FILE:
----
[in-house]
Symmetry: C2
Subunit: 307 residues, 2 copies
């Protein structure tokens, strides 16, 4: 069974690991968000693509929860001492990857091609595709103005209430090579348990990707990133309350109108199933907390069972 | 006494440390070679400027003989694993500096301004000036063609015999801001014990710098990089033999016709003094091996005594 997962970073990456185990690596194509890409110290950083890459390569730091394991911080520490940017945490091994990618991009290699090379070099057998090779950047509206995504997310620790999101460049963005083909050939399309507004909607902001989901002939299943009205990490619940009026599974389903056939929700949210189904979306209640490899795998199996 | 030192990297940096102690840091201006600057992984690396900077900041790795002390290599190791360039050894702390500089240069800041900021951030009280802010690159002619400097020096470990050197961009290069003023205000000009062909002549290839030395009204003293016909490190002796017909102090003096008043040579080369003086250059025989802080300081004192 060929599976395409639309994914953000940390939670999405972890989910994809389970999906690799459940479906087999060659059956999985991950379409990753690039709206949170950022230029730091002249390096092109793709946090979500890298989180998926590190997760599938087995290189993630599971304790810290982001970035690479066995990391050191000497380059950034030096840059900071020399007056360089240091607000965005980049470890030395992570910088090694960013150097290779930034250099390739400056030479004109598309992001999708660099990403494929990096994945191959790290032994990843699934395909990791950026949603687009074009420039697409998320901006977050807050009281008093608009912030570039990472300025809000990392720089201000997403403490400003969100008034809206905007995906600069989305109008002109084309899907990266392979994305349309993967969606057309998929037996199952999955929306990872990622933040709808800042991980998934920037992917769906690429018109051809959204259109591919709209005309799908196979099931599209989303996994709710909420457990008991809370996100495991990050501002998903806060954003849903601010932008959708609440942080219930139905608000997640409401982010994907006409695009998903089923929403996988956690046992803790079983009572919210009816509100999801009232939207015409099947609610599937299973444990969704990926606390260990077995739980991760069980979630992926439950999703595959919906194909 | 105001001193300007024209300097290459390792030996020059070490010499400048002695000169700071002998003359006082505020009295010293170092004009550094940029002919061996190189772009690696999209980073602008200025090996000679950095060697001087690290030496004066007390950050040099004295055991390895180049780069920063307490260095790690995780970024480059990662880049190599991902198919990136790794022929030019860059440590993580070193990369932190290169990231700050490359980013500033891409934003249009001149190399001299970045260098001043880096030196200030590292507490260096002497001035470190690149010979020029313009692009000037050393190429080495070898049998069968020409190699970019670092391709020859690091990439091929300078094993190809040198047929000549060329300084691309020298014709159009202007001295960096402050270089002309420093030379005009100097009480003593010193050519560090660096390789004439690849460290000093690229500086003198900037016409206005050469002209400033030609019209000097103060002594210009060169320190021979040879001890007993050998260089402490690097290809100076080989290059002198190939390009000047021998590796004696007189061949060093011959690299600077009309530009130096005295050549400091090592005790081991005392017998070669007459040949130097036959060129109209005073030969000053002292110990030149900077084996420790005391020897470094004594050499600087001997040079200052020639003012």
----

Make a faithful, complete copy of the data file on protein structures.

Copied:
[in-house]
Symmetry: C2
Subunit: 307 residues, 2 copies
């Protein structure tokens, strides 16, 4: 069974690991968000693509929860001492990857091609595709103005209430090579348990990707990133309350109108199933907390069972 | 006494440390070679400027003989694993500096301004000036063609015999801001014990710098990089033999016709003094091996005594 997962970073990456185990690596194509890409110290950083890459390569730091394991911080520490940017945490091994990618991009290699090379070099057998090779950047509206995504997310620790999101460049963005083909050939399309507004909607902001989901002939299943009205990490619940009026599974389903056939929700949210189904979306209640490899795998199996 | 030192990297940096102690840091201006600057992984690396900077900041790795002390290599190791360039050894702390500089240069800041900021951030009280802010690159002619400097020096470990050197961009290069003023205000000009062909002549290839030395009204003293016909490190002796017909102090003096008043040579080369003086250059025989802080300081004192 060929599976395409639309994914953000940390939670999405972890989910994809389970999906690799459940479906087999060659059956999985991950379409990753690039709206949170950022230029730091002249390096092109793709946090979500890298989180998926590190997760599938087995290189993630599971304790810290982001970035690479066995990391050191000497380059950034030096840059900071020399007056360089240091607000965005980049470890030395992570910088090694960013150097290779930034250099390739400056030479004109598309992001999708660099990403494929990096994945191959790290032994990843699934395909990791950026949603687009074009420039697409998320901006977050807050009281008093608009912030570039990472300025809000990392720089201000997403403490400003969100008034809206905007995906600069989305109008002109084309899907990266392979994305349309993967969606057309998929037996199952999955929306990872990622933040709808800042991980998934920037992917769906690429018109051809959204259109591919709209005309799908196979099931599209989303996994709710909420457990008991809370996100495991990050501002998903806060954003849903601010932008959708609440942080219930139905608000997640409401982010994907006409695009998903089923929403996988956690046992803790079983009572919210009816509100999801009232939207015409099947609610599937299973444990969704990926606390260990077995739980991760069980979630992926439950999703595959919906194909 | 105001001193300007024209300097290459390792030996020059070490010499400048002695000169700071002998003359006082505020009295010293170092004009550094940029002919061996190189772009690696999209980073602008200025090996000679950095060697001087690290030496004066007390950050040099004295055991390895180049780069920063307490260095790690995780970024480059990662880049190599991902198919990136790794022929030019860059440590993580070193990369932190290169990231700050490359980013500033891409934003249009001149190399001299970045260098001043880096030196200030590292507490260096002497001035470190690149010979020029313009692009000037050393190429080495070898049998069968020409190699970019670092391709020859690091990439091929300078094993190809040198047929000549060329300084691309020298014709159009202007001295960096402050270089002309420093030379005009100097009480003593010193050519560090660096390789004439690849460290000093690229500086003198900037016409206005050469002209400033030609019209000097103060002594210009060169320190021979040879001890007993050998260089402490690097290809100076080989290059002198190939390009000047021998590796004696007189061949060093011959690299600077009309530009130096005295050549400091090592005790081991005392017998070669007459040949130097036959060129109209005073030969000053002292110990030149900077084996420790005391020897470094004594050499600087001997040079200052020639003012």